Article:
News & Updates

Lesson 2 – Always understand the difference between speculating and investing

By Anton Tagliaferro, IML Investment Director |  26 July 2018


Whilst many people will claim to fully understand the difference between the words “speculating” and “investing”, it is amazing how often people seem to confuse the two and use the words interchangeably.

An investor buying speculative Resource stocks on the stockmarket that they may have read about in a tip sheet or the newspaper, will often claim that they are “investing in the sharemarket”. The truth is that the value of these types of companies is very nebulous and virtually impossible to measure. In addition, the vast majority of these types of companies do not generate any income and are thus unable to pay any dividends to shareholders. In fact, what the owners of these sort of companies are hoping to do is to trade these shares for a short-term profit… and rather than ‘invest’ in the company, the owner of such shares is really just speculating on the stockmarket.

This sort of behaviour is based on ‘the bigger fool theory’ – buying an asset where there is no basis for measuring the value of the asset but hoping that a bigger fool buys it off you for a higher price. We saw this type of behaviour again recently in Bitcoin where people were ‘investing’ in Bitcoin – when really all they were doing was speculating that they can sell an item of dubious value at a higher price.

Investing, on the other hand, is about buying an asset that generates sustainable cash flows and where these cash flows can be used to either pay an income to the owner or used to grow the asset’s value over time by reinvesting in the business.Investing in the sharemarket is all about patiently accumulating a diversified portfolio of quality companies that can grow their profits over time and that can generate a sustainable and growing income stream. With competent management at their helm, good quality companies will use the cashflow generated and retained in the business to grow their value, and subsequently the wealth of their shareholders or to pay a solid sustainable dividend yield to shareholders. Good quality companies can generally both grow shareholder wealth and pay dividends to shareholders over the long term.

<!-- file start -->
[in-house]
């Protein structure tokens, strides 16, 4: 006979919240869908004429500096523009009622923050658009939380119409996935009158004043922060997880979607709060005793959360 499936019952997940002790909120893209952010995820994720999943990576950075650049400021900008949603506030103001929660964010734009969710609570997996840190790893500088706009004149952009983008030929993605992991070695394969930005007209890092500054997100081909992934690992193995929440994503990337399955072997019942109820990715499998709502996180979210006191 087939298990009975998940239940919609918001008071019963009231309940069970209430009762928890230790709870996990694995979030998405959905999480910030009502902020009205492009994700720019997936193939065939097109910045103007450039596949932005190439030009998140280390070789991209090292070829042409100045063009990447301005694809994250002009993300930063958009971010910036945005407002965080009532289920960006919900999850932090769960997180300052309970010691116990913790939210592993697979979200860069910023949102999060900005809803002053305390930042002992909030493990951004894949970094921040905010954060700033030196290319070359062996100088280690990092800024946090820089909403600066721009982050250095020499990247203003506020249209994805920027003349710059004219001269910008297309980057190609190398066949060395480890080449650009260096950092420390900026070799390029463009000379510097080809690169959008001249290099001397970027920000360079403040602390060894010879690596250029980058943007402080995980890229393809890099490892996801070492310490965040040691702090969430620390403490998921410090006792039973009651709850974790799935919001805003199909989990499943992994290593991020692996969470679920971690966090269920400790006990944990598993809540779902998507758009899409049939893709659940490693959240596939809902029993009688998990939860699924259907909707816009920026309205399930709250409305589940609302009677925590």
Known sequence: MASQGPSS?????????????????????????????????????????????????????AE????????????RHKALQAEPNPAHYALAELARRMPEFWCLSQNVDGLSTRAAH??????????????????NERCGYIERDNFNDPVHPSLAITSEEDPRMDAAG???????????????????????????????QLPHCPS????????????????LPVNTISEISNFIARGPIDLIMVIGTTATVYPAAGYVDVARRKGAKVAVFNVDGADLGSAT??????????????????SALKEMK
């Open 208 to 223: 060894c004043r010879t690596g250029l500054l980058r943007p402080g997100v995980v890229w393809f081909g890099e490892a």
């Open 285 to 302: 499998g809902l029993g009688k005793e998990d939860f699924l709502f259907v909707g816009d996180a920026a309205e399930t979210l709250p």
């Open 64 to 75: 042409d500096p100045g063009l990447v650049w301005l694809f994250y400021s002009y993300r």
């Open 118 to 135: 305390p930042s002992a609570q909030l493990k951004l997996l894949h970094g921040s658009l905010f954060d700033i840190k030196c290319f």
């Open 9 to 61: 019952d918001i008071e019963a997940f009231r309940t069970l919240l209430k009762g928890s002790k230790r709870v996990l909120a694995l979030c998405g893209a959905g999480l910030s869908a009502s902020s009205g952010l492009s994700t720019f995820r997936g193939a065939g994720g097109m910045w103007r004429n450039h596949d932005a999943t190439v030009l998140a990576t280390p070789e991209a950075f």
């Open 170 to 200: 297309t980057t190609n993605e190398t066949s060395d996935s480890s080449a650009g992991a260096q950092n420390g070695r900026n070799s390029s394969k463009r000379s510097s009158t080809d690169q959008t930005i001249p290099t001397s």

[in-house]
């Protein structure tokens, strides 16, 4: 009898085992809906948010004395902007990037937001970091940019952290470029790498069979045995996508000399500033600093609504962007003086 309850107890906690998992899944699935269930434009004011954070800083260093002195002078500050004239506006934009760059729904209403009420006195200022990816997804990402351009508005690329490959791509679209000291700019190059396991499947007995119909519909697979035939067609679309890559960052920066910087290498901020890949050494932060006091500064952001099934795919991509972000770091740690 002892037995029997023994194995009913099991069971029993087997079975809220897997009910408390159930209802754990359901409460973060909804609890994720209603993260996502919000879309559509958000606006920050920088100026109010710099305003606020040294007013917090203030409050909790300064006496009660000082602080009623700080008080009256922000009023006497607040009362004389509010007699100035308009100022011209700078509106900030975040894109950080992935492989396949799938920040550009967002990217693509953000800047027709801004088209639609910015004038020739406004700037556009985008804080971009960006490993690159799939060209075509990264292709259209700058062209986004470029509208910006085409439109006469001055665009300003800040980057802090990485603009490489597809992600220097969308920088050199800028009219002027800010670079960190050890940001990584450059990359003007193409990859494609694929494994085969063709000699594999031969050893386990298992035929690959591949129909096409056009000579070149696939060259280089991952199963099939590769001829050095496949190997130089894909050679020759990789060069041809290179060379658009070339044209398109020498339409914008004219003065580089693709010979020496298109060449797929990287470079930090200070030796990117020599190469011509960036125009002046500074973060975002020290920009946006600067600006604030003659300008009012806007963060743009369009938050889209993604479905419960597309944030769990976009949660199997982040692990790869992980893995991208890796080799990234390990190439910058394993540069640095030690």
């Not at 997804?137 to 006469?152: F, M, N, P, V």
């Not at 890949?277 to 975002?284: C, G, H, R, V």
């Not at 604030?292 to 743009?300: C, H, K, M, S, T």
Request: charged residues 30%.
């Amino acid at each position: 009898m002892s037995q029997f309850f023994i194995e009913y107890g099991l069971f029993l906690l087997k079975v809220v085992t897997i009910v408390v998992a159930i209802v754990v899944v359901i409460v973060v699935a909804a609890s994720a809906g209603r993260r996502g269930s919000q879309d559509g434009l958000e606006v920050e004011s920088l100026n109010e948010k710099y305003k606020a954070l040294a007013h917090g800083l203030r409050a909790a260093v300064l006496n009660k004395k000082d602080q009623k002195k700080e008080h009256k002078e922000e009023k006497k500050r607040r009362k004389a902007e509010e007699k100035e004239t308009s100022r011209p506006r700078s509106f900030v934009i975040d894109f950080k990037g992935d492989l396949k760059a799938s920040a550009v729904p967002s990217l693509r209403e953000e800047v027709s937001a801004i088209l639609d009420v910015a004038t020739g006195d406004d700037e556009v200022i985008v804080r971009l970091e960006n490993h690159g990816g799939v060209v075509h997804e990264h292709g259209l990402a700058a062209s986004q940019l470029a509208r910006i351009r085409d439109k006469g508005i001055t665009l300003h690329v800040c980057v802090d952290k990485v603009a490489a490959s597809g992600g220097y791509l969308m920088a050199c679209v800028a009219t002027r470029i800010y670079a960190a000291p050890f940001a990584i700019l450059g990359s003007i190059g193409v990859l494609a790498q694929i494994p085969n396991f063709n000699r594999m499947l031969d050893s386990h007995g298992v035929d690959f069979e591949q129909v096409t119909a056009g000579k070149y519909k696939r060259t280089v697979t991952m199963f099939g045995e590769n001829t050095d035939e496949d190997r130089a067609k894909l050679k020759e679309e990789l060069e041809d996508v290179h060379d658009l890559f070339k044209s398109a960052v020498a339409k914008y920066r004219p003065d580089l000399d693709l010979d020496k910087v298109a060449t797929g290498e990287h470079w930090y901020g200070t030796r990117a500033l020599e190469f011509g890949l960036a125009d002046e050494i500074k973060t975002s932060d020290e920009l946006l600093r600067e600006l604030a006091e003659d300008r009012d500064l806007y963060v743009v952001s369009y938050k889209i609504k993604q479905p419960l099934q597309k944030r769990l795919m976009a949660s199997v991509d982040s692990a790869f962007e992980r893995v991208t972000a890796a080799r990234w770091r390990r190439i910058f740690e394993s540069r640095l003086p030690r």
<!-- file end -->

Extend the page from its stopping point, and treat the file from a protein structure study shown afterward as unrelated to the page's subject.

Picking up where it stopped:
To clearly illustrate the difference between speculating and investing let us consider the performance of two companies over the last ten years – Lynas and Amcor.

Back in 2007 Lynas was a company that was planning to construct a new mine in WA to extract ‘rare earths’ and then build a plant in Malaysia to extract the different elements from the ore mined. These unusual commodities are required in miniscule amounts for producing goods such as mobile phones and laptop batteries and as demand for these items grew the rare earth price soared and the Lynas share price followed. At its peak Lynas was valued at around $2.5 billion as speculators pushed the share price to this level in a relatively short time. The reality is that contrary to the name ‘rare earths’, there was no shortage of supply of this mineral and the price of rare earths fell quickly from its peak. Within six months of Lynas share price hitting a peak of over $25 in April 2011, the shares fell over 50% and within two years was trading at less than $1. Speculating on Lynas seemed like a good ‘investment’ to many at the time and certainly some traders made money in the short-term, however those shareholders who held onto their shares lost a significant amount of capital.

$100 invested in Lynas
Source: IRESS, 28 Dec 2007 – 29 June 2018

On the other hand, a good investment over the same period was Amcor. Amcor is the largest packaging company on the ASX. Amcor generates strong recurring free cashflows from over 140 plants in over 60 countries which produce packaging mainly for its food, beverage and pharmaceutical clients around the world. Amcor’s main customers are large consumer goods companies that sell products which are in demand all throughout the economic cycle – this clearly helps to makes Amcor fairly resilient in economic downturns. Amcor has been a good investment in the last ten years as it has used the cashflow generated from its operations to make several accretive packaging acquisitions around the world while also paying a healthy, growing dividend to its shareholders.

So in summary, it pays to always clearly understand the difference between speculating and investing.

Speculating is all about buying almost any asset, often with a short-term focus, with the intention of making a capital gain by selling quickly which also brings with it a much higher risk of losing capital.

In contrast, investing is all about buying an asset (eg shares) where the underlying business generates a sustainable, recurring cashflow and where this cashflow can be used to grow the value of the asset as well as pay regular dividends to shareholders from its underlying earnings over time. All of which helps underpin and enhance the value of that asset